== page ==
The other day I was working from a coffee shop and I watched as a woman and her very young child sat down outside at a table. The mother had her latte and her child had his apple juice. I have a thing for toddlers (I think it’s the chubby cheeks and the waddle) so I of course was fixated on this little cutie and the potential for an adorable mommy/son breakfast date. What happened instead was really sad to me. The mother and child didn’t speak or have any interaction. Instead, she would occasionally take out her phone and take a picture of herself and her son together. I would then see her excitedly posting on her social media. I  could just imagine what she was posting, “A beautiful day for a coffee date with my little man!” In reality there was no date because there was no interaction. The day was as beautiful as her intentions were as she left the house that day, but the opportunity was lost.

Now, I remember what it was like to have child that age and I completely sympathize with this mother. She probably spends all day with this kid and all she wants is a coffee break once in awhile! I feel her. It did however, bring up for me the feeling that we are getting more and more disconnected when we try to create a moment with our kids instead of being in that moment with them. Talking to our kids and engaging them in play is what creates language as well as social and emotional development. We feel connected and they feel loved. Yes, our phones can send us love in the form of a photo and a heart symbol, but I doubt it’s going to make a lasting impact on who we are and who are children become.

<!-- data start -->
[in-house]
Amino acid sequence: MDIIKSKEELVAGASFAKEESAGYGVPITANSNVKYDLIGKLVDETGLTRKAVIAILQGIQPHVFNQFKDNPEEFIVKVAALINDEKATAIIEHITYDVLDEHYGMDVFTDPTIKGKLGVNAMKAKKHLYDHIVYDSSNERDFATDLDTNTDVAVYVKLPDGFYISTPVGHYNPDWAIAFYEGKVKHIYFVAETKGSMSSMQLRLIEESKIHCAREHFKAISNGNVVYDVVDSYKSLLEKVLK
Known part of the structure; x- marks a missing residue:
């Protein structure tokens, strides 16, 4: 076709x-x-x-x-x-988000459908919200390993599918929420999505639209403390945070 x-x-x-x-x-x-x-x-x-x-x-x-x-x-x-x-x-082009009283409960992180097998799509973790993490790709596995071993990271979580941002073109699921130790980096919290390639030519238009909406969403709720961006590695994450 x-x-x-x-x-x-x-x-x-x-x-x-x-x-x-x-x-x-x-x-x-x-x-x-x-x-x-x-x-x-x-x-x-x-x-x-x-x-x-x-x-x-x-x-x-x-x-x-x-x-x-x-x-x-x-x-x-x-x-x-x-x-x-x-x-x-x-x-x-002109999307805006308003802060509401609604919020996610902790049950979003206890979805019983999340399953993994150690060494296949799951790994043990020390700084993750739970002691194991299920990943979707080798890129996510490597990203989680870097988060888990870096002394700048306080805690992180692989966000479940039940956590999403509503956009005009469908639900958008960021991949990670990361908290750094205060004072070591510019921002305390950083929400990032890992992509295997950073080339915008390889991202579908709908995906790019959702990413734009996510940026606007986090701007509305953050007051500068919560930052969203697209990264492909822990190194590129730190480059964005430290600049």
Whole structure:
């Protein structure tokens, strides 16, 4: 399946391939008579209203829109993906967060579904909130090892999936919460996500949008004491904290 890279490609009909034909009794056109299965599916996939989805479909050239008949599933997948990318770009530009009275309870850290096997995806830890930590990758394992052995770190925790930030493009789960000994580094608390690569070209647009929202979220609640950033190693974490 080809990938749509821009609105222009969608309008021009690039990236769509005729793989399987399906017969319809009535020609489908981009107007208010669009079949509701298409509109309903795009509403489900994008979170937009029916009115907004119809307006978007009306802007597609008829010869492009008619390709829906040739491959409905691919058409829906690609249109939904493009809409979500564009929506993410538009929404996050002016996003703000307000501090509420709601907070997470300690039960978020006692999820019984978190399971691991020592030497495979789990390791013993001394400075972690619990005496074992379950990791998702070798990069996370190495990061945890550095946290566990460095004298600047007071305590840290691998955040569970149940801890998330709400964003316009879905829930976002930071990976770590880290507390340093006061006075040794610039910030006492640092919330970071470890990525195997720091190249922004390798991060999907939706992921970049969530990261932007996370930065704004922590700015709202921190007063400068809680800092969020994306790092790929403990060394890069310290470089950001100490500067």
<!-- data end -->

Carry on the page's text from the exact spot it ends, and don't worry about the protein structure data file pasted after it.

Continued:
What would it be like to worry more about the quality of our relationships than what our relationships look like to others on social media? I think we all can take more breaks and find more opportunities to play and be silly with the ones we love.  Our bodies and our brains have not forgotten what true connection feels like! We have everything we need within us to be there for our kids and to be present within our own lives, we just have to remember to be intentional in our daily lives.

Accepting “No”: Mindful Parenting

by Jessica Kilpatrick, MA, LPC- STARRY Director of Training and Program Development

Acceptance is a struggle for many of us. We want to examine, complain, look for resources, try to find a quick fix, complain some more, lay awake worrying, find someone else to blame and then give up. When you have a challenging child it’s very hard to slow down. It’s hard to find this so-called “balance”.

“Just think about it. If young children live in the present and adults spend most of their time in the past or in the future, we have abandoned our children to some degree.”- Becky Bailey, I Love You Rituals